A long, long, time ago — in what feels like an entirely different lifetime — I went to a technical/vocational school in Albuquerque and enrolled in a course of study called Data Processing. The field wasn’t as complicated back then, so this prosaic name was perfectly acceptable. I’m going to really be dating myself here, but the first computer language I learned was COBOL (COmmon Business Oriented Language). Before the school upgraded to their snazzy new Data General with input terminals in the early 1980s, we had to type our program code onto punch cards. Really, kids!
One mistake in typing, and you had to throw the whole card out and start over. Some of the programs got to be pretty long, with several hundred cards that absolutely had to remain in the right order. Having your program run involved handing your box of cards to a lab tech and then coming back hours later to get back your cards along with a printout of the results. Because you never got it right the first time, you’d then have to debug and type some new cards with the changes. This was an iterative process which could involve many rounds. If your program got to the point of being many inches worth of cards, the lab techs had a great joke they might play on you, especially if they knew your deadline was imminent. They would come out with your box, with the cards all piled up in a big jumble and say, “I’m so sorry — I tripped!” After several minutes of enjoying your utterly panic-stricken (or rage-filled) response, they would reveal that your stack was safe and sound the whole time and it was all just fun and games.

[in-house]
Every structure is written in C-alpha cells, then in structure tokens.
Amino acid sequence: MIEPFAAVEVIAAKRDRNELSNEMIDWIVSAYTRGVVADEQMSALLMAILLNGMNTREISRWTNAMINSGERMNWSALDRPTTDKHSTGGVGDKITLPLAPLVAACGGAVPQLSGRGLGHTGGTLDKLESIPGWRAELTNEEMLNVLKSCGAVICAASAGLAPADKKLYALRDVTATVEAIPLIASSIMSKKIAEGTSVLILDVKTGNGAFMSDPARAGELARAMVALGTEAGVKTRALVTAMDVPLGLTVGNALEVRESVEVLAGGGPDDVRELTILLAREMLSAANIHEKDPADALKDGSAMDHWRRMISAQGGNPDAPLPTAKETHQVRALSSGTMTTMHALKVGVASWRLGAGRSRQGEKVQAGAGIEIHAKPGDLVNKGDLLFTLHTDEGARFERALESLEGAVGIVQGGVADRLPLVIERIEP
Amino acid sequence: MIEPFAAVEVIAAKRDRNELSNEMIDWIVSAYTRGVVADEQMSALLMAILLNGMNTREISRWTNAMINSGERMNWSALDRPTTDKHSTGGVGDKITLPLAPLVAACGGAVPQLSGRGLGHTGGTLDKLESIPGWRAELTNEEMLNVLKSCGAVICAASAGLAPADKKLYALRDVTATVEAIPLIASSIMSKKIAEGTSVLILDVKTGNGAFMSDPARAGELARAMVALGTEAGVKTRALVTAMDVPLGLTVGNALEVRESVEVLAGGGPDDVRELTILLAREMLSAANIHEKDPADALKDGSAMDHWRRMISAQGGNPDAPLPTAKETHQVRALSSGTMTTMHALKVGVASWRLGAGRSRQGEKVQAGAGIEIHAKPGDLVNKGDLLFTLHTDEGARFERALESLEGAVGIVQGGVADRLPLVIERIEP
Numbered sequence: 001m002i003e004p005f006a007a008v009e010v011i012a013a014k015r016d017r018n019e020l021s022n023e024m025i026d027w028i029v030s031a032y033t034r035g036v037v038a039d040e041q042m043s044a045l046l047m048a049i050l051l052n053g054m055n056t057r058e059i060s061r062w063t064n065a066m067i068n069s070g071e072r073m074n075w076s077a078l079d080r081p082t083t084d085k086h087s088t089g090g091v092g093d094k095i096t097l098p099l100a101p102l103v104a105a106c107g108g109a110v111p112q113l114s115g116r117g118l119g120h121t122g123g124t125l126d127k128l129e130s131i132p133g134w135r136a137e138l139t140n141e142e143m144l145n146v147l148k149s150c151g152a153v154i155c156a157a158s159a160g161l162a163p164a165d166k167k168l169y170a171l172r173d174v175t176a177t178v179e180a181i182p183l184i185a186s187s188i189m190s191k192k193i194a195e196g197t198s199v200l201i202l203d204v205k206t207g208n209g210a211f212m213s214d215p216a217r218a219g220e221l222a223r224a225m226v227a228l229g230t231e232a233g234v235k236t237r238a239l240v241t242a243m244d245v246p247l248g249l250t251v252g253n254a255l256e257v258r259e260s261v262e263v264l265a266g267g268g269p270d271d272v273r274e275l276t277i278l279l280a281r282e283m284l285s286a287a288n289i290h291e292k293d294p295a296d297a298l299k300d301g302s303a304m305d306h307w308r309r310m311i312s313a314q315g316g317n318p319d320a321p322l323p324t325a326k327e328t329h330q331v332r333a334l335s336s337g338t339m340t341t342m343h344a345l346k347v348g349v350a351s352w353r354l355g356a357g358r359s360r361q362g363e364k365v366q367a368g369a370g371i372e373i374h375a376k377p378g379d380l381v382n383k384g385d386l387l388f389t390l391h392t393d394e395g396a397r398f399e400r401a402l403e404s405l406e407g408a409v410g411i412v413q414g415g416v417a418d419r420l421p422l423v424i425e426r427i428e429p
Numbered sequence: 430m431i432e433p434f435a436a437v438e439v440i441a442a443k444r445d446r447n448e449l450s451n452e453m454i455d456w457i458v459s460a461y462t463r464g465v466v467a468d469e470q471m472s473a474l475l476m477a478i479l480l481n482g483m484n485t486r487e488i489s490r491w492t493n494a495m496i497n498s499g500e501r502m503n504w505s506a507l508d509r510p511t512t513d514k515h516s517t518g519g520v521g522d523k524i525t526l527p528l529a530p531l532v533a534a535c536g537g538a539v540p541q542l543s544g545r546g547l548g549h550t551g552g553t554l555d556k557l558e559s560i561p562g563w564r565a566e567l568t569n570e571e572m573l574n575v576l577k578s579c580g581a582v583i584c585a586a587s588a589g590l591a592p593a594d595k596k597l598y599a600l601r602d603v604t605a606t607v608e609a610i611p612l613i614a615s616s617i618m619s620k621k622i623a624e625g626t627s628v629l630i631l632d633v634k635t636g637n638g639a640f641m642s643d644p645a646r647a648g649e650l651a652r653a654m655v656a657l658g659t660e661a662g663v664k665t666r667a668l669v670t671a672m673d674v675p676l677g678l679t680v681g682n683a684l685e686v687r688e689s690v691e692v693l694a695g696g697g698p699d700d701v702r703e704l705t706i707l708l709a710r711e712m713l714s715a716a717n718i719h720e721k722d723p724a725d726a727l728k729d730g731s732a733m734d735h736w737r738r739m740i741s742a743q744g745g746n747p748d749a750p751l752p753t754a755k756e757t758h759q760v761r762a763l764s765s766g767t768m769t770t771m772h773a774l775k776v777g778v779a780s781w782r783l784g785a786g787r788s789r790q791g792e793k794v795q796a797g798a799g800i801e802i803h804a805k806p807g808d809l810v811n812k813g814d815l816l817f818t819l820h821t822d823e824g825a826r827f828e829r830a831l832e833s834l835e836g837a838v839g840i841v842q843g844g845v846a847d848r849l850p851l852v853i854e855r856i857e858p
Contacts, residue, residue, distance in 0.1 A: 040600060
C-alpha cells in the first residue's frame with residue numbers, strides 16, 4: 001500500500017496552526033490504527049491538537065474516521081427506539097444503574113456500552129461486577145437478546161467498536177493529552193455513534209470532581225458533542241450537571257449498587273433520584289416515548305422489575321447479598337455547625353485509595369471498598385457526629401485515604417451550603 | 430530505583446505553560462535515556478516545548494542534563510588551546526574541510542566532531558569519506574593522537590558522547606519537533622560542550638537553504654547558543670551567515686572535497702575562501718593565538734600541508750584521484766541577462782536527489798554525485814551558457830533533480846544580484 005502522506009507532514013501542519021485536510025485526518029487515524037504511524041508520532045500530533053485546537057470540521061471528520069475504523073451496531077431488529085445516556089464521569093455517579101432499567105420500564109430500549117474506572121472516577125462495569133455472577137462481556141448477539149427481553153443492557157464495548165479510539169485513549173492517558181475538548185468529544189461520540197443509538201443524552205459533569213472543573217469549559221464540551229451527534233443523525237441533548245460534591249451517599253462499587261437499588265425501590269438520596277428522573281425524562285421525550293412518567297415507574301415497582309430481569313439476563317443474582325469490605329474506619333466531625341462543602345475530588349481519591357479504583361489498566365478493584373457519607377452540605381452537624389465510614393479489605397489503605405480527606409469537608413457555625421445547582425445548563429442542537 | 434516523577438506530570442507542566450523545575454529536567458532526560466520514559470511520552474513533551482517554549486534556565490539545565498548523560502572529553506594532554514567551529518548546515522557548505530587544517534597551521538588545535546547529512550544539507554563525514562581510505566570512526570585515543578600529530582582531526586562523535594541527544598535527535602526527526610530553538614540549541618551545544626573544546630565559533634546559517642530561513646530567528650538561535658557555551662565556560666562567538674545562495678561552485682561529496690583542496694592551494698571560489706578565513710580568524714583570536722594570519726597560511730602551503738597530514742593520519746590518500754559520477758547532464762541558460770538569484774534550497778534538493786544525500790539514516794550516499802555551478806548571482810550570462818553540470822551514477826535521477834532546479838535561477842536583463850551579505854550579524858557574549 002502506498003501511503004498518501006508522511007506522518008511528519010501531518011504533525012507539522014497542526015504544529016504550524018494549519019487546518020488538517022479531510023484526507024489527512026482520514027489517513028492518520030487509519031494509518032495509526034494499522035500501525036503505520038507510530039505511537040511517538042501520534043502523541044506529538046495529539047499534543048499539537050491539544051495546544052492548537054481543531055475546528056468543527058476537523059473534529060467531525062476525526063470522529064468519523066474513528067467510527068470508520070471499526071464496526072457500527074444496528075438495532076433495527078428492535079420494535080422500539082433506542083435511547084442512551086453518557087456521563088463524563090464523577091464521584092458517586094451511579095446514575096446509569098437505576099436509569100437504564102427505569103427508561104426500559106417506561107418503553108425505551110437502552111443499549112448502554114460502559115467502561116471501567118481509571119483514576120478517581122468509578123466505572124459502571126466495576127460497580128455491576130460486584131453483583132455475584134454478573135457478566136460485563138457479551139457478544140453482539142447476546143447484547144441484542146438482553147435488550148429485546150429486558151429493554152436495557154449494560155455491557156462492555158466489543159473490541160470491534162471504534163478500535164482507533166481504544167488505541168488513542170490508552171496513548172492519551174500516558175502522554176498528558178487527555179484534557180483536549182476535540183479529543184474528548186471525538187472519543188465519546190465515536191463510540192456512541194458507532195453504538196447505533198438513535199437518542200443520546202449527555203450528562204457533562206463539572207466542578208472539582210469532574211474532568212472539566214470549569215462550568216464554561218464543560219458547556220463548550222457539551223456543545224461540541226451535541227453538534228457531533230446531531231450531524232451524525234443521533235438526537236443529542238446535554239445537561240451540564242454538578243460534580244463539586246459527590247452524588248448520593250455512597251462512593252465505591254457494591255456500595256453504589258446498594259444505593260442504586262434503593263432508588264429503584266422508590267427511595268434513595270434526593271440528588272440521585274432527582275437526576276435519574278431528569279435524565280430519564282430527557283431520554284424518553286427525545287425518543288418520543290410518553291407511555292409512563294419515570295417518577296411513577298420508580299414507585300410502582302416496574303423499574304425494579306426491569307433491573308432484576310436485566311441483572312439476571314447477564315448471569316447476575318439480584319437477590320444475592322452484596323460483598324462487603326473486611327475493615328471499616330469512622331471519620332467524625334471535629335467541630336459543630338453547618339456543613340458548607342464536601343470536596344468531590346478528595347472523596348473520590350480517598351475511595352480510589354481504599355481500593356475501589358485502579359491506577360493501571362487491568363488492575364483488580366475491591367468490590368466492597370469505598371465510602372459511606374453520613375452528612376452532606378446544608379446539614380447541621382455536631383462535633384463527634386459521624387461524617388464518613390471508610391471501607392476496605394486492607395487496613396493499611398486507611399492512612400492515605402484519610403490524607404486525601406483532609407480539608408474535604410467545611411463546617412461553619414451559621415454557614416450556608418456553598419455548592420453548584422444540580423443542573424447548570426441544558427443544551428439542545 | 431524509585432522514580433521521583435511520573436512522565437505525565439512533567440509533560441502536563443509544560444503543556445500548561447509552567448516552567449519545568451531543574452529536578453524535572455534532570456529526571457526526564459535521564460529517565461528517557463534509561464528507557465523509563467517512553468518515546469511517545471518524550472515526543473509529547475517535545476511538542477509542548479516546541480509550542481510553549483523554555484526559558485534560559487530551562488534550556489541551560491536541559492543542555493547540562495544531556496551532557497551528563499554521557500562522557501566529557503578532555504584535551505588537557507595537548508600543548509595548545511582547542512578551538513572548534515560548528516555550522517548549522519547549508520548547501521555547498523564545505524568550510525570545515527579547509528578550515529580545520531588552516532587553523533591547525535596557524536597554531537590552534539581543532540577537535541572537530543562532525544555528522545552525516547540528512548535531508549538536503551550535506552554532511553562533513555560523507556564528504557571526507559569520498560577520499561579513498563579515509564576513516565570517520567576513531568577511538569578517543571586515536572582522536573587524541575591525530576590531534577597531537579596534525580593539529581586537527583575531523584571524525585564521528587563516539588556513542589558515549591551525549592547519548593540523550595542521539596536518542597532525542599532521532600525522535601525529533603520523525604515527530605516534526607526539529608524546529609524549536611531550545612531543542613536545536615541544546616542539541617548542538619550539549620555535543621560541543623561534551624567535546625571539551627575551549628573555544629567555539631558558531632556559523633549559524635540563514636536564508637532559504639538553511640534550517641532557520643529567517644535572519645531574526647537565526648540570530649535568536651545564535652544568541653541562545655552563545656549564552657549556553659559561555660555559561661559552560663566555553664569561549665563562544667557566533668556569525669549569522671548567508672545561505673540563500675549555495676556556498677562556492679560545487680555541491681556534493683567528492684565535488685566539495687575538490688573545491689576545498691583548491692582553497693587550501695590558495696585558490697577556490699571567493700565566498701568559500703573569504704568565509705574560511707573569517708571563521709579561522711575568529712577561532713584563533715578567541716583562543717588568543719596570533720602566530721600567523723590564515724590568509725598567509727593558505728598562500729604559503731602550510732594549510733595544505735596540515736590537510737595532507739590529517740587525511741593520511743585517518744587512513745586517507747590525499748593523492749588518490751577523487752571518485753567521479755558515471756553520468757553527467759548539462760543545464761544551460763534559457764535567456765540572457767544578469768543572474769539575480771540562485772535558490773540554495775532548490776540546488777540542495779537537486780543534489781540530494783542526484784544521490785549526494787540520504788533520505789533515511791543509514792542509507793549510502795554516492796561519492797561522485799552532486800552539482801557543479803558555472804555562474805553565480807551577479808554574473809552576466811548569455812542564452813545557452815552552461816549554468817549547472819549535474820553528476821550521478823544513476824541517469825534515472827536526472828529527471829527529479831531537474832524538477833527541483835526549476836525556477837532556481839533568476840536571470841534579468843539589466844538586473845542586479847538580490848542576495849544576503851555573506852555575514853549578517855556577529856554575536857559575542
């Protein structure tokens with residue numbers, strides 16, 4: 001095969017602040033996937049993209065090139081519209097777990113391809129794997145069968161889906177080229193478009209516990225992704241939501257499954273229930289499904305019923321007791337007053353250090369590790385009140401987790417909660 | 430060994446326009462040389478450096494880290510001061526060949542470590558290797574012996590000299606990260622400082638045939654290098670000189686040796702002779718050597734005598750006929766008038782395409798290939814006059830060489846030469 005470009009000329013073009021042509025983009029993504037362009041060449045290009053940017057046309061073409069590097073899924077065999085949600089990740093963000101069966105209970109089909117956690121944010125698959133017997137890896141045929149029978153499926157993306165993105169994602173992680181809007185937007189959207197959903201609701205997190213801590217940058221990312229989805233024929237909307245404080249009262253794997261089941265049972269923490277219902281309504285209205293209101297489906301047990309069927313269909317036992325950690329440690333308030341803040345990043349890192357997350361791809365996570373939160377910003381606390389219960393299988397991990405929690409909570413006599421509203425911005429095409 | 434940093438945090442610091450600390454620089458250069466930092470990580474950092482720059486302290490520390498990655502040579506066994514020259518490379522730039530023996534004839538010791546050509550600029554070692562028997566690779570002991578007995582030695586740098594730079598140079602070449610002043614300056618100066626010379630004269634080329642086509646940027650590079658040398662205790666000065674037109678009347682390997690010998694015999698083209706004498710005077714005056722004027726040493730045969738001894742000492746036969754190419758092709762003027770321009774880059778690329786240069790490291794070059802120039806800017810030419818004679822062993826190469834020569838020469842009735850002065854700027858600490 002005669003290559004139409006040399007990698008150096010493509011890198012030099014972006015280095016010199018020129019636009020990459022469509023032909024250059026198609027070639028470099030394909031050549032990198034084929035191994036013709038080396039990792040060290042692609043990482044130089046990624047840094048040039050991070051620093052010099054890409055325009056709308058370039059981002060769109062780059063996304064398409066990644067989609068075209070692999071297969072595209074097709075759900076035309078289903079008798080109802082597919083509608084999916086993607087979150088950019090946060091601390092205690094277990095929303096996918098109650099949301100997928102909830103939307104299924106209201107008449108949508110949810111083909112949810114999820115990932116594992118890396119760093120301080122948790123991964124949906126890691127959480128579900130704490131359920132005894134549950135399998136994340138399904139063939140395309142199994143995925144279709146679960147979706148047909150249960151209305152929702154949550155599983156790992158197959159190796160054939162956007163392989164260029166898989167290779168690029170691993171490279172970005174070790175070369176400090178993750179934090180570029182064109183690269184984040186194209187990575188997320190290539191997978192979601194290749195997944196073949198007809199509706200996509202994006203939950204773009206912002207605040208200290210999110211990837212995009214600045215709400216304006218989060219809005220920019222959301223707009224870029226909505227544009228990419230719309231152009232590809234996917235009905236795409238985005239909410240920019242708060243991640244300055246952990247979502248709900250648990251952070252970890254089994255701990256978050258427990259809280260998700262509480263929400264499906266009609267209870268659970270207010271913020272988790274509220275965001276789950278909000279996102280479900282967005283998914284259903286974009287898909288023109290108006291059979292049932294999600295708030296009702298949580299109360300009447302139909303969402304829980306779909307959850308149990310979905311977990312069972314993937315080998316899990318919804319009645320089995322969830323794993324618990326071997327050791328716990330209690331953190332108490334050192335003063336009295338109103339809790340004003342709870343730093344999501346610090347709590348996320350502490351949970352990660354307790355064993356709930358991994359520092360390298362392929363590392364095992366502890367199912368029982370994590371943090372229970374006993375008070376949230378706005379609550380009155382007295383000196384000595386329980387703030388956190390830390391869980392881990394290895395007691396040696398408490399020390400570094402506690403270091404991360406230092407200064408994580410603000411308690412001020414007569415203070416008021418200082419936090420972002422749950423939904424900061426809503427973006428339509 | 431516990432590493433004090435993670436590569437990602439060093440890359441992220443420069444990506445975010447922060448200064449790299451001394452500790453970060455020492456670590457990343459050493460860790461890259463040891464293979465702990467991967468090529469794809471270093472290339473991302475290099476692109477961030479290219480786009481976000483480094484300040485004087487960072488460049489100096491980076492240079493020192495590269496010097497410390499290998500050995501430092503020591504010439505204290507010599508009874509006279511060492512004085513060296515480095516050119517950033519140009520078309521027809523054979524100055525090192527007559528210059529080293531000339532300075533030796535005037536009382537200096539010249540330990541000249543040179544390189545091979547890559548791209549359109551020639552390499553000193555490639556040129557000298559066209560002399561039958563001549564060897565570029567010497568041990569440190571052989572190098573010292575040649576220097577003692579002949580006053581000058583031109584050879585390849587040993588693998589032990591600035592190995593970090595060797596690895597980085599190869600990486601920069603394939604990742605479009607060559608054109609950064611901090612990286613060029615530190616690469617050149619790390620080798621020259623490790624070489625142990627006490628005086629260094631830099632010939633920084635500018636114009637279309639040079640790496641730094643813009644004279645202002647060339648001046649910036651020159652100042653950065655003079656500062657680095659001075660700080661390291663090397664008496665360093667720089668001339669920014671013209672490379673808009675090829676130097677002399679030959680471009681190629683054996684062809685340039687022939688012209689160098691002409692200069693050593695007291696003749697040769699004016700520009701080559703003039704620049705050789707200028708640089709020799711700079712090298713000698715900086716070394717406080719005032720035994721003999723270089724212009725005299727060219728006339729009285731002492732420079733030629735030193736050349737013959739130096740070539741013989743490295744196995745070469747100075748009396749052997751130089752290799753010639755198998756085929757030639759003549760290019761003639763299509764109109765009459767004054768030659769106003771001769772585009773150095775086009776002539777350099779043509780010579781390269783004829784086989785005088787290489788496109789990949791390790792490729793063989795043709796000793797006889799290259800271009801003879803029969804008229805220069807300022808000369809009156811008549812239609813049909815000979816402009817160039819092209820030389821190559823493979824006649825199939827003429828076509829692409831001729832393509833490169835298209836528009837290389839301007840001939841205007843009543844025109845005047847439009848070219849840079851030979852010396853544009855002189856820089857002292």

Prior to doing the real coding, a programmer would first write out the program in pseudocode, a kind of higher-level outline that would help to organize the logic of the program before getting too far into the weeds of code. I hadn’t thought about this in years, but last summer I went through a basement purging and found some old COBOL textbooks that I had held onto all this time for who knows what reason.
We had pre-printed forms for writing pseudocode.
But I digress.
This got me to thinking about the word pseudocode, and how it’s rather a good metaphor for the kind of communication that’s prevalent in the media now — a lot of coded language, sounding like it means something, but quite often saying little to nothing that’s going to make a difference in people’s lives. This also ties back into my work, in which I use expressive gestures and calligraphic symbols which have a kind of significance for me but don’t convey any concrete meaning to the viewer.
All this is fodder going towards me re-thinking my artist’s statement in preparation for the upcoming show. I think every artist should do this from time to time, and what better time than when you have an opportunity to show some new work? I hope to have an updated statement ready to post very soon.